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DOL Issues Independent Contractor Final Rule

DoorDash delivery worker on bicycle

The U.S. Department of Labor (DOL) released a final rule Jan. 9 that changes the criteria for classifying independent contractors.

The final rule largely mirrors the DOL’s proposed rule and requires companies to weigh a variety of economic factors to determine whether a worker is an employee or an independent contractor. The final rule will take effect on March 11.

In public comments to the DOL on the proposed rule, SHRM had said the proposal would create uncertainty and confusion for employers. It also said the proposed test would require more time and resources from businesses to apply. The proposed changes to the regulations would undercut workers’ ability to work independently, SHRM added.

“We’re making sure workers get the protections they need while also leveling the playing field for employers,” Acting Secretary of Labor Julie Su said in a press briefing on Jan. 8.  When businesses misclassify workers, “it’s not fair to their law-abiding competitors.” Su has been renominated by President Joe Biden to be labor secretary after her nomination did not pass the Senate last year, Bloomberg reports.

The final rule has major ramifications for the gig economy, because app-based platforms have typically classified their delivery drivers and other gig workers as independent contractors. Freelance workers or consultants such as writers, musicians, IT professionals, trainers and other people whose work is project-based may be similarly affected.

Under the federal Fair Labor Standards Act (FLSA), employees are entitled to minimum wage, overtime pay and other benefits. Independent contractors are not entitled to such benefits, but they generally have more flexibility to set their own schedules and work for multiple companies.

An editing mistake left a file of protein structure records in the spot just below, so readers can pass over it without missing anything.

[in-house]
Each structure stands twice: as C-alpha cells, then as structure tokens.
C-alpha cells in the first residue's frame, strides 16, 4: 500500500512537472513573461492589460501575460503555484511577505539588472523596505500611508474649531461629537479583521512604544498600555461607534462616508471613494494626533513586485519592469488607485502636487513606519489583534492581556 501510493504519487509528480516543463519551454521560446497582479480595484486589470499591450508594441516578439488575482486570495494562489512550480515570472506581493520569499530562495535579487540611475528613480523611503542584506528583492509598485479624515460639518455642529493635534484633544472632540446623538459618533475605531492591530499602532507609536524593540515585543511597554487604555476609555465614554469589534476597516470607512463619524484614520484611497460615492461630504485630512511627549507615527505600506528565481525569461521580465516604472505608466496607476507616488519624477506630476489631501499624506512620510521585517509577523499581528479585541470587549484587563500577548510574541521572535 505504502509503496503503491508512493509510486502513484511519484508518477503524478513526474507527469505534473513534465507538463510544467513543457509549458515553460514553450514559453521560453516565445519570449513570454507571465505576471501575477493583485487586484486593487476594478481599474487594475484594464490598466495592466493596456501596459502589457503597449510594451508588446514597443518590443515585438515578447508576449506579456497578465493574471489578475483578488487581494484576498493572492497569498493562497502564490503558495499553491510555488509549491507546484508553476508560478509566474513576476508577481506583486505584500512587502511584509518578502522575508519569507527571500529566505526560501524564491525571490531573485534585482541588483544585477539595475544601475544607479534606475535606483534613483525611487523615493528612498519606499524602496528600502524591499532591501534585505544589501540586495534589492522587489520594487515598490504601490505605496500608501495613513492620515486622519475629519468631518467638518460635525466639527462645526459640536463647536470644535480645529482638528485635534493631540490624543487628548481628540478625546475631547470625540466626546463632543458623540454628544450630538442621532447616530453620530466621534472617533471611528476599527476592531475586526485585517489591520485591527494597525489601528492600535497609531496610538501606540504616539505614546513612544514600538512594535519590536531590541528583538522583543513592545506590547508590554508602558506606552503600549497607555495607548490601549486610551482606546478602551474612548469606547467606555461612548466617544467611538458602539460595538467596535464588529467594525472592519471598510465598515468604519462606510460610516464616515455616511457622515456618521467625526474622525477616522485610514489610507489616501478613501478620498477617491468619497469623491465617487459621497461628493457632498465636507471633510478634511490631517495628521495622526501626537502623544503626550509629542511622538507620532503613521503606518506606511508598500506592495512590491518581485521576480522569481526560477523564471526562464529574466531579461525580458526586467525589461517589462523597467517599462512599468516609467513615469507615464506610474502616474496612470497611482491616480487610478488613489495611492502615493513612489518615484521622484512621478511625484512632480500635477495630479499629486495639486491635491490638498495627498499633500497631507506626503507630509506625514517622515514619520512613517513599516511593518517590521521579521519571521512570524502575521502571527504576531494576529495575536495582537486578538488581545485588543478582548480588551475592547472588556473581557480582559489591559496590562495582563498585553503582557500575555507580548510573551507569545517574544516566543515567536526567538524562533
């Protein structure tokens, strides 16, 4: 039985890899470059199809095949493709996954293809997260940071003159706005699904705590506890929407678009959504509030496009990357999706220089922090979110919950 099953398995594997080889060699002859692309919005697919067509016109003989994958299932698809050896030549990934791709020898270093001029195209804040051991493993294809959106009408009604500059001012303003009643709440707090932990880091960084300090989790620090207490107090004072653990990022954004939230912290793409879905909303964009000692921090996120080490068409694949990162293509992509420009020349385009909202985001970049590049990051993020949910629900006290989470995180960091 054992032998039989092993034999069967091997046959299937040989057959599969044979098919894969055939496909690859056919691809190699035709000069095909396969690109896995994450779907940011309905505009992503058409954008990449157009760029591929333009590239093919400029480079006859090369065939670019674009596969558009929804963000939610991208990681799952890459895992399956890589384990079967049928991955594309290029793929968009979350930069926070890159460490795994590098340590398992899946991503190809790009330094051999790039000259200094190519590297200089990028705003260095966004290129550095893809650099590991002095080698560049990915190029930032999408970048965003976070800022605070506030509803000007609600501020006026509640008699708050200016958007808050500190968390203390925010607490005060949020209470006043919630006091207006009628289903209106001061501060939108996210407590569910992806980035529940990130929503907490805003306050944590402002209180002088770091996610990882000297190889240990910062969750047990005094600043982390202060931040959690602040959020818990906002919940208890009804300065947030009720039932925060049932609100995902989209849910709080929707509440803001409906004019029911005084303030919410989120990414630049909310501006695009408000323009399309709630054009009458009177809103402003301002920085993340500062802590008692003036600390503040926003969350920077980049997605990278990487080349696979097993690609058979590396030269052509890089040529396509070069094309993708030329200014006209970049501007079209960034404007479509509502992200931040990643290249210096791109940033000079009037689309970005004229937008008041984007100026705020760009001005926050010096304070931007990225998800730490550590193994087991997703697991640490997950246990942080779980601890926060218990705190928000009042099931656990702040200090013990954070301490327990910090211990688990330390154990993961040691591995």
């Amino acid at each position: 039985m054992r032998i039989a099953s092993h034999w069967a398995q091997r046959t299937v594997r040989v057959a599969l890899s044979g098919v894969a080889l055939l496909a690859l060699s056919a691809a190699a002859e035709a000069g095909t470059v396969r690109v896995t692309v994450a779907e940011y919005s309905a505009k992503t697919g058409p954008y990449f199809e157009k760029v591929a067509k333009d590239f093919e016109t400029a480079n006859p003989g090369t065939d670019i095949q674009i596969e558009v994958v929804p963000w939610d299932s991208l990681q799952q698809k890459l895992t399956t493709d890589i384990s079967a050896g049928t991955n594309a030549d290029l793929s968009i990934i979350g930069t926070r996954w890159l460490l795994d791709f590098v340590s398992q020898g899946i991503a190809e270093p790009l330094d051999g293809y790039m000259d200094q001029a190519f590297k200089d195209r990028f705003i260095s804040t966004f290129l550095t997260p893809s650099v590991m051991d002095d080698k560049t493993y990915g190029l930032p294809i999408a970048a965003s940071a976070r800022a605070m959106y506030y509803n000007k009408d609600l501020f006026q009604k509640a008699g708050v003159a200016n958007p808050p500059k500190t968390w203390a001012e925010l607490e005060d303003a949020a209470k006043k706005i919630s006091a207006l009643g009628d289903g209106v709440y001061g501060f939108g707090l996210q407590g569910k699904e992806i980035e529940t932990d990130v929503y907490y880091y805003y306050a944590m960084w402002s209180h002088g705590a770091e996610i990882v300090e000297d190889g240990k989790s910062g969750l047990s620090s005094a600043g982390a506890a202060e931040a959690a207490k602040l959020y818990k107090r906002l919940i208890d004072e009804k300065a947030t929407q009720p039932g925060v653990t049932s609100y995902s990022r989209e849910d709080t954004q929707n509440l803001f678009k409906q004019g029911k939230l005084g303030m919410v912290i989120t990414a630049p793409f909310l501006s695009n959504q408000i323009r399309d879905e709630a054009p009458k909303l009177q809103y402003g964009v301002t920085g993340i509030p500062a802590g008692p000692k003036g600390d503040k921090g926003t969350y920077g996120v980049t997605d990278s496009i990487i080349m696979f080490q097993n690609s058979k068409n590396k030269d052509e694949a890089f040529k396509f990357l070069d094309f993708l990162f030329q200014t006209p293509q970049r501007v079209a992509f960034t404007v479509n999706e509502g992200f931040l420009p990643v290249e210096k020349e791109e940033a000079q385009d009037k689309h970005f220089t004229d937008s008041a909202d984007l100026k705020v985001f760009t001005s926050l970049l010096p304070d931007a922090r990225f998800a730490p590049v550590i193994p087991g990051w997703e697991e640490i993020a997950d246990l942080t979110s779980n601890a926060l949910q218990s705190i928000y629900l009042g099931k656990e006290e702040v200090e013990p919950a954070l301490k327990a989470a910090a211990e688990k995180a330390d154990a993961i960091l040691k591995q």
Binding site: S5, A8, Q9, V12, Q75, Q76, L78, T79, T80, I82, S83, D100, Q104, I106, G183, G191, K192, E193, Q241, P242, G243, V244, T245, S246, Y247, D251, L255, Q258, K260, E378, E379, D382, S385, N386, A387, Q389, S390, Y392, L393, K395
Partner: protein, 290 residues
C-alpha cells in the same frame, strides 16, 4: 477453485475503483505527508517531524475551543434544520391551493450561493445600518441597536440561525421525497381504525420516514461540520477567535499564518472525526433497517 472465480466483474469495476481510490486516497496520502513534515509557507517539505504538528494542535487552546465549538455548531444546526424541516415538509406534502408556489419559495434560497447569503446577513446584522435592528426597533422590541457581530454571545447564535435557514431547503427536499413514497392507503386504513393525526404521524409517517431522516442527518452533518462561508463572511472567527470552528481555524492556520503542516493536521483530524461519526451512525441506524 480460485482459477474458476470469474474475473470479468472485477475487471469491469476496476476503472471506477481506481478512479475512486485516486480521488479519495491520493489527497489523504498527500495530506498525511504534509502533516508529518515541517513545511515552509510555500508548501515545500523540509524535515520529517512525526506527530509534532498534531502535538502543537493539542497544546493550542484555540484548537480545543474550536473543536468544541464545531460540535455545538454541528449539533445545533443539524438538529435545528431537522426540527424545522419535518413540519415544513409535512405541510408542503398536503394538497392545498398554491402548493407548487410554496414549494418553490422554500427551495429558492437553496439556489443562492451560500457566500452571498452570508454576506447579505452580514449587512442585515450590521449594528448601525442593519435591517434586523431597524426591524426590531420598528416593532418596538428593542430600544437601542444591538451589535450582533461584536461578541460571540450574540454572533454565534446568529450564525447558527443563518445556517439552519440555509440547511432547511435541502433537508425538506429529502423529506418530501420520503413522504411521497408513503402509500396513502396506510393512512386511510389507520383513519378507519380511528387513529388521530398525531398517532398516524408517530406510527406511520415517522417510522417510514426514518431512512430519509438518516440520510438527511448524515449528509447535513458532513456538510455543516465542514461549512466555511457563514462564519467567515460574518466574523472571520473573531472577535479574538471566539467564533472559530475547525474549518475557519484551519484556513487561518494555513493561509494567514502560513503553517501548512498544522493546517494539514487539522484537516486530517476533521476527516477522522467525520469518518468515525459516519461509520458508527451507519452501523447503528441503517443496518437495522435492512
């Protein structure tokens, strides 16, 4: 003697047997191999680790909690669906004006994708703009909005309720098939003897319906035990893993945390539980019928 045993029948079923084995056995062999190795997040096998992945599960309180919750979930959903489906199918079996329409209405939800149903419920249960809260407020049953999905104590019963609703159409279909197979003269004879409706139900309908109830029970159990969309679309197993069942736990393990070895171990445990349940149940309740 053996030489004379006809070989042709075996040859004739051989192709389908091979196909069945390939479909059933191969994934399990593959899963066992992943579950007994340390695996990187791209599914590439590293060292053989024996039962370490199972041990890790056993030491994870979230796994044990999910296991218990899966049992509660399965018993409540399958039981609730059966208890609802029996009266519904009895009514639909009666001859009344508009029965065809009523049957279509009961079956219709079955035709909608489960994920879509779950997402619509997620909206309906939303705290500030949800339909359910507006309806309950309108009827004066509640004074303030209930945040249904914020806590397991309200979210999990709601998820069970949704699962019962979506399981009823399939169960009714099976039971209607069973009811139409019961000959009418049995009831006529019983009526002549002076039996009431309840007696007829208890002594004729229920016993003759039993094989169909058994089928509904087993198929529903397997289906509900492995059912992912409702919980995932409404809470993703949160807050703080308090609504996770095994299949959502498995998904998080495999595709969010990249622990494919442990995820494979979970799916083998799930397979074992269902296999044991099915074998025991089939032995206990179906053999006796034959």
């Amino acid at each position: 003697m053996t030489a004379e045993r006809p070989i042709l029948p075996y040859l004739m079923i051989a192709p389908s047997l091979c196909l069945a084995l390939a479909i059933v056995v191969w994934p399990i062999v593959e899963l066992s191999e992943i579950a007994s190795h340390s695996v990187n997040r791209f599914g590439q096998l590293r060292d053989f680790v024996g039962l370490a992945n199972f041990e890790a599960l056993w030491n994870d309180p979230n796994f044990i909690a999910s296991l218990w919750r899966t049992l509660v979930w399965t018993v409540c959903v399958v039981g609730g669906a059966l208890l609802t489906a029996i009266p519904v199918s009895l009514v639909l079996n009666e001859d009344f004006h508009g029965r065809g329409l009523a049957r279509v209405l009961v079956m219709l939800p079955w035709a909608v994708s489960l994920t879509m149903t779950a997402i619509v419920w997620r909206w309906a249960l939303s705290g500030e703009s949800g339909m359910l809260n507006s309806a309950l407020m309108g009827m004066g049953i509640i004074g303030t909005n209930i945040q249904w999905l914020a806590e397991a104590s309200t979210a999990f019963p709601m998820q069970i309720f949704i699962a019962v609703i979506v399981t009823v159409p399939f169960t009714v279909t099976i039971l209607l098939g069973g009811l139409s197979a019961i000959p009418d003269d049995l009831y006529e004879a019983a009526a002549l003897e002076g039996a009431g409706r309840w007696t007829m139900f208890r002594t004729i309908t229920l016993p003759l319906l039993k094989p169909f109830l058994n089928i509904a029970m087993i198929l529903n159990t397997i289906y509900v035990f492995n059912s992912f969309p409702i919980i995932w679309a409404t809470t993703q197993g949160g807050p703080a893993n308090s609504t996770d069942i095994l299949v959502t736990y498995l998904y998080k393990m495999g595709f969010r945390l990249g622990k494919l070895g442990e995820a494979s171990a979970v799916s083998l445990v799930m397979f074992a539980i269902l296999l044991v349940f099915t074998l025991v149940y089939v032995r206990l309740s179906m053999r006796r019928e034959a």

“Misclassified employees don’t get paid for all their hours,” Su said. “They see their economic security eroded because of misclassification. This rule provides greater clarity and consistency in determining a worker’s status.”


The final rule rescinds a 2021 rule in which two core factors—control over the work and opportunity for profit or loss—carried greater weight in determining the status of independent contractors. Under the new rule, employers would use a totality-of-the-circumstances analysis, in which none of the factors carry greater weight.

The new test includes six factors:

  1. The degree to which the employer controls how the work is done.
  2. The worker’s opportunity for profit or loss.
  3. The amount of skill and initiative required for the work.
  4. The degree of permanence of the working relationship.
  5. The worker’s investment in equipment or materials required for the task.
  6. The extent to which the service rendered is an integral part of the employer’s business.

“No factor or set of factors has a predetermined weight, and a totality of the circumstances of the working relationship must be considered,” Jessica Looman, administrator of the DOL’s Wage and Hour Division, said in a Jan. 8 press briefing. “The six factors are not exhaustive, nor are any of them more important than any others.”

Looman confirmed that work-related expenses imposed by the employer are not indicative of contractor status, and actions taken by the employer with the sole purpose of complying with the law do not indicate control exercised by the employer.

She noted that the final rule is meant to apply broadly to all types of workers, not specifically to certain industries or certain types of work.

The DOL intends to release more guidance to help employers comply with the final rule.


In June 2023, a decision from the National Labor Relations Board (NLRB) altered the standard employers must use to determine whether someone qualifies as an independent contractor under the National Labor Relations Act (NLRA).

The NLRB rejected a previous standard that held that entrepreneurial opportunity for gain or loss should be the animating principle of the independent contractor test. Instead, the board said entrepreneurial opportunity should be taken into account alongside a list of traditional common-law factors. Those factors include the extent of control the employer exercises over the details of the work, the method of payment, how much skill is required in the work, and whether the employer supplies the tools and the place of work.

Unlike employees, independent contractors can’t form unions and can’t file unfair labor practice charges with the NLRB.


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